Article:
Studies show that your words account for only 7% of the messages you convey. The remaining 93% is non-verbal. 55% of communication is based on what people see and the other 38% is transmitted through tone of voice. “ The most important thing is to hear what isn’t being said.” Peter Drucker
Nonverbal communication includes all unwritten and unspoken messages, both intentional and unintentional.
An enduring image – the message this photograph was meant to send out was vital to Middle East peace.
What does the body language of those in the image suggests?
Is that also being communicated to the world?
Forms of Nonverbal Communication
Posture and gestures
Physical appearance of people
Jockeying for position
Inclusive - Non-inclusive
How you include/exclude others in a group
Parallel body positions
Will position yourselves to relate to each other
Side by side are neutral
Facing means people are involved
Close -1½ to 2½ feet
Far - 2½ to 4 feet
Close 4-7 feet
Far - 7-12 feet
Close - 12-25 feet
Far - 25 feet or greater
Eye contact is the most obvious way you communicate. When you are looking at the other person, you show interest. When you fail to make eye contact, you give the impression that the other person is of no importance. Maintain eye contact about 60% of the time in order to look interested, but not aggressive.
Eye-to-eye confrontation-honest and direct
Business-Eyes & Forehead-business transaction
Social-Forehead to lips-social interaction
Intimate-From head to toe-call for intimacy
Eyes keep shifting-lack of concentration
Evasive eyes-lack of credibility
Stammering eyes-lack of confidence
Facial expression is another form of non-verbal communication. A smile sends a positive message and is appropriate in all but a life and death situation. Smiling adds warmth and an aura of confidence. Others will be more receptive if you remember to check your expression.
Smile: Open personality
Felt smile, Miserable smile, False smile
Same Sign, Different Meanings
Gestures & Posture
The position of your head speaks to people. Keeping your head straight, which is not the same as keeping your head on straight, will make you appear self-assured and authoritative. People will take you seriously. Tilt your head to one side if you want to come across as friendly and open .
How receptive you are is suggested by where you place your arms. Arms crossed or folded over your chest say that you have shut other people out and have no interest in them or what they are saying. This position can also say, "I don't agree with you." You might just be cold, but unless you shiver at the same time, the person in front of you may get the wrong message.
How you use your arms can help or hurt your image as well. Waving them about may show enthusiasm to some, but others see this gesture as one of uncertainty and immaturity. The best place for your arms is by your side. You will look confident and relaxed. If this is hard for you, do what you always do when you want to get better at something - practice. After a while, it will feel natural.
The angle of your body gives an indication to others about what's going through your head. Leaning in says, "Tell me more." Leaning away signals you've heard enough. Adding a nod of your head is another way to affirm that you are listening.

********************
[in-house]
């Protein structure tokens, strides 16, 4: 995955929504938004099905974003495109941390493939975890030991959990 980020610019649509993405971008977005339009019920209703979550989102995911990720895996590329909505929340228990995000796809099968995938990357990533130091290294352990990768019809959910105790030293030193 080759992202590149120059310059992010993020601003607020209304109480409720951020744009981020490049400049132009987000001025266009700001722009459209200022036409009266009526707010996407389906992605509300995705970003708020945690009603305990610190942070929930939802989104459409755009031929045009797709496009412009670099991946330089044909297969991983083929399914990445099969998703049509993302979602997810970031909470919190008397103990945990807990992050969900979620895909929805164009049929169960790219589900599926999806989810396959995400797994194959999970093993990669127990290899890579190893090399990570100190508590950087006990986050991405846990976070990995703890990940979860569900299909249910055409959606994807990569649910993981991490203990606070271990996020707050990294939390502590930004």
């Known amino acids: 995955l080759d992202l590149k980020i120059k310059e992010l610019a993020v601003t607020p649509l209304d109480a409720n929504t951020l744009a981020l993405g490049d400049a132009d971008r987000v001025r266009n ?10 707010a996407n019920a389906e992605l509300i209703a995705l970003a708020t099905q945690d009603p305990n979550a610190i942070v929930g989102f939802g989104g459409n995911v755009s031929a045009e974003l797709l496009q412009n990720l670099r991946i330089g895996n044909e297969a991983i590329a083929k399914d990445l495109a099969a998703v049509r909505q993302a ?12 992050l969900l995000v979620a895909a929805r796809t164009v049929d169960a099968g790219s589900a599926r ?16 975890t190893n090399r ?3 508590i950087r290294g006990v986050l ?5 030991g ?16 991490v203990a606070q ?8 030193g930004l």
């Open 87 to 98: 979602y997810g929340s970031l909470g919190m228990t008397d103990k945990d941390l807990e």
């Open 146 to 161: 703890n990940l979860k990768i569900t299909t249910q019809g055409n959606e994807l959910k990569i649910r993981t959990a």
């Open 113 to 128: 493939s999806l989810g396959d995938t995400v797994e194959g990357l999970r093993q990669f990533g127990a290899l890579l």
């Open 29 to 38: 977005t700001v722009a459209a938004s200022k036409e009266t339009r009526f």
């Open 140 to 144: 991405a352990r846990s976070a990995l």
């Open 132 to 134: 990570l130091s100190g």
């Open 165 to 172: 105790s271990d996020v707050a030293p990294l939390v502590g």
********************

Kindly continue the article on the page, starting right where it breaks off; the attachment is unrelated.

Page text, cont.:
Posture is just as important as your grandmother always said it was. Sit or stand erect if you want to be seen as alert and enthusiastic. When you slump in your chair or lean on the wall, you look tired. No one wants to do business with someone who has no energy.
Appearance & Voice
You were late.
You were late.
You were late .
Open Palms: Positive Personality
Equal handshake: Equal in behaviour and attitude with no complexes associated
Tight Grasp: Superiority Complex
Limp Handshake: Inferiority Complex
Informal Handshake: Informal behaviour and attitude
Politician’s Handshake: Deceptive behaviour
Positive body language signals Looking for conclusion, thinking, inviting 12. Leaning backward Extreme confidence, relaxation 13. Clasping both hands behind the neck Concentrating, increases emphasis 11. Leaning forward Great interest, concentration 10. Stroking chin Not relaxed, disagreement 7. Shifting position continually to avoid eye contact Negotiations, defensive, exaggeration, lying 8. Stroking nose/rapid blinking Interested, listening 9. Tilting head No longer listening, already made the decision 6. Glasses removed and put down Not attentive, dislikes what is said, no cooperation 3.Continued gaze, no head movement Impatience, boredom 4. Drumming fingers, tapping foot Disapproval, disbelief, dislike 5. Looking over spectacles/Narrowing eyes Annoyance, disagreement 2. Frowning Boredom, fatigue 1. Yawning/cupping chin in hands
Nonverbal Behavior and Perception A “Matching” Quiz 1. Insecurity 2. Defensiveness 3. Cooperation 4. Confidence 5. Nervousness 6. Frustration Short breaths, “tsk” sound, clenched hands, wringing hands Hands behind back, hands on lapels of coat, broad gestures Arms crossed, sideways stance, touching and rubbing nose, rubbing eyes, drawing away Open hands, upper body in sprinter’s position, sitting on edge of chair, hand-to-face gestures Clearing throat, “whew” sound, whistling, smoking, fidgeting, tugging ears Pinching flesh, chewing pen, biting fingernails
Nonverbal Behavior and Perception A “Matching” Quiz 1. Insecurity 2. Defensiveness 3. Cooperation 4. Confidence 5. Nervousness 6. Frustration Short breaths, “tsk” sound, clenched hands, wringing hands Steepled hands, hands behind back, hands on lapels of coat, broad gestures Arms crossed, sideways stance, touching and rubbing nose, rubbing eyes, drawing away Open hands, upper body in sprinter’s position, sitting on edge of chair, hand-to-face gestures Clearing throat, “whew” sound, whistling, smoking, fidgeting, tugging ears Pinching flesh, chewing pen, biting fingernails